Deborah Niemann 3:57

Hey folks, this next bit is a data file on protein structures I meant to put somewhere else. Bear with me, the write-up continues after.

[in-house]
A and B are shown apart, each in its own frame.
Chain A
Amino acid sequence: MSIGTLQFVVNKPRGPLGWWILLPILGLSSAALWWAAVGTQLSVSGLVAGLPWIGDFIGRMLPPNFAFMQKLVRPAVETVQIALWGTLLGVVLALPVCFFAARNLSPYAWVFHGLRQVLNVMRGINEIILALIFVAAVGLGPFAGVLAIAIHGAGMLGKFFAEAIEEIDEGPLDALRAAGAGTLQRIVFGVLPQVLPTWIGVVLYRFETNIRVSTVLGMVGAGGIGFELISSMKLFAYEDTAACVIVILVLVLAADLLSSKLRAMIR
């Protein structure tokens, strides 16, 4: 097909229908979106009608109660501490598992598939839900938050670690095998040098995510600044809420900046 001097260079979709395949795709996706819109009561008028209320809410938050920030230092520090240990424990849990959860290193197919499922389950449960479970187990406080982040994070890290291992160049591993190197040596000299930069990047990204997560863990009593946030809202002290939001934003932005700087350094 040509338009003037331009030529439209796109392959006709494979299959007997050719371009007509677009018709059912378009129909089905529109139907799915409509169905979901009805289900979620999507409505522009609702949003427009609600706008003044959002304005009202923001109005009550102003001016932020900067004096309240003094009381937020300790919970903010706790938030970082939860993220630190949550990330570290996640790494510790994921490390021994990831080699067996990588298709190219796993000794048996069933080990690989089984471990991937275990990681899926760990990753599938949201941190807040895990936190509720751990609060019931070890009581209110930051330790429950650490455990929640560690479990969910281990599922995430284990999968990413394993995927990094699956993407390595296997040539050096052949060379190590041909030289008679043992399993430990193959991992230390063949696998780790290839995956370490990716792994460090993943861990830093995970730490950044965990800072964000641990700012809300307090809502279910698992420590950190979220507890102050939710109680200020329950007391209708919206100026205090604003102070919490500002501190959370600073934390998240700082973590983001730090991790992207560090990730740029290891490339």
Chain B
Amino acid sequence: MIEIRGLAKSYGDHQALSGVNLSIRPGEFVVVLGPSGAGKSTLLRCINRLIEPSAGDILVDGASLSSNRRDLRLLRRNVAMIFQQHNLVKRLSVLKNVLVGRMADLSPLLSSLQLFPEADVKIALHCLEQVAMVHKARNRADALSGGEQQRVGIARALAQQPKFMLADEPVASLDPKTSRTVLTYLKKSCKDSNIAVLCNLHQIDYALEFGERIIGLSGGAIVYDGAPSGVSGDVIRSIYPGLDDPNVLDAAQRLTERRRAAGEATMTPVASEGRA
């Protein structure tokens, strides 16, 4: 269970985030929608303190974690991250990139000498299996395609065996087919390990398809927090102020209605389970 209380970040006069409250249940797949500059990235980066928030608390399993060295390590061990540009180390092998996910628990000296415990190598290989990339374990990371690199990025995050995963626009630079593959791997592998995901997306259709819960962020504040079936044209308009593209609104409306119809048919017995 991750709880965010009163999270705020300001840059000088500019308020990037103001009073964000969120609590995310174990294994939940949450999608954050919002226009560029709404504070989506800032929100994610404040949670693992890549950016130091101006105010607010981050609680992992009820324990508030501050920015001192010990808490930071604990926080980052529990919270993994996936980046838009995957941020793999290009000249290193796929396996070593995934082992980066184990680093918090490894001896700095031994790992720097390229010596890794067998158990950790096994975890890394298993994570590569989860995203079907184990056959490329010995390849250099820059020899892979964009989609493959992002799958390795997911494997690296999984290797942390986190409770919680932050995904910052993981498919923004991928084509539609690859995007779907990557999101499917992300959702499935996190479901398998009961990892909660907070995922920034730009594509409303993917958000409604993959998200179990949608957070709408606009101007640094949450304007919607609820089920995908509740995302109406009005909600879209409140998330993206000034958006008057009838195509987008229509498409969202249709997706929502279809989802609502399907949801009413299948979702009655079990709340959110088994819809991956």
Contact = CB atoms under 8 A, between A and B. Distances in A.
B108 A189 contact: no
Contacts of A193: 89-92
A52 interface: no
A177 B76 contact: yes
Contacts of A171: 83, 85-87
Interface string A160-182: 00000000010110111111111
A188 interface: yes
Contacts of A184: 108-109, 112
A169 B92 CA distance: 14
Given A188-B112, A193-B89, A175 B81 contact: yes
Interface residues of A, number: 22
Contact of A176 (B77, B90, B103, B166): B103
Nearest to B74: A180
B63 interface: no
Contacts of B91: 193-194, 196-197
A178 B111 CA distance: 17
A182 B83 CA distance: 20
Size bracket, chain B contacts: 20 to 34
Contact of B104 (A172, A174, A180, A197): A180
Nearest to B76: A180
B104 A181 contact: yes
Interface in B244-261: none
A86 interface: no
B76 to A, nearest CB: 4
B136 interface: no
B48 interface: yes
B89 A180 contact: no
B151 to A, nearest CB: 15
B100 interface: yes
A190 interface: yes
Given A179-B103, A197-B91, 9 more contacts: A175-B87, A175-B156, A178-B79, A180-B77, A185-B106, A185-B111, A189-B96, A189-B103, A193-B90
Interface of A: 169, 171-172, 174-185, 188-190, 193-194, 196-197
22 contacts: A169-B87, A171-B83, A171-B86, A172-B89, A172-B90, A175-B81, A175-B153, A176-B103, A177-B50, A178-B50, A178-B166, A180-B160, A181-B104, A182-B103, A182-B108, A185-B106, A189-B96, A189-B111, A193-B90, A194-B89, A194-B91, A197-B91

And eventually—and this was, like, an unusual situation, right? Because I’m spending two hours with this woman in a class, lots of Q&A, so I really got to know her well. So, I didn’t really have to ask any questions. Like, everything just came out, and I was feeling very uncomfortable with the idea of selling animals to this woman. And she really wanted to buy animals. And I said, “I just don’t think that you’re ready yet.” And a few weeks later—or actually, I think it was a few months later. I heard from another friend of mine who raised goats. And she had gotten a phone call from another goat breeder in Illinois. And so, my friend was telling me about this other person who called her, and said that a woman had contacted her, and said that I wouldn’t sell her goats, and that she was wondering if she would sell her goats. Which I thought was kind of weird. That’s kind of scary. If somebody ever calls you and tells you that somebody else won’t sell them goats, you should definitely think twice about that. And anyway, that’s what my friend said to this other breeder. She said, “Well, you know, Deborah’s been at this for a long time. If she won’t sell this lady goats, I’d be kind of worried.” But the other person had quite a few goats, and she wanted to sell them. So she said, “Okay,” and fast-forward to the end of the story, this woman had told her multiple times that she was going to get the goats. And she didn’t; she kept having excuses. She said she wanted four or five goats, and she kept saying she had car trouble or something, and she kept missing the pickup times, and then eventually just never showed up. And so, this other breeder had, unfortunately, kept four or five goats—like, she took them off her sale page, and she kept them—even though this other person ultimately never got them.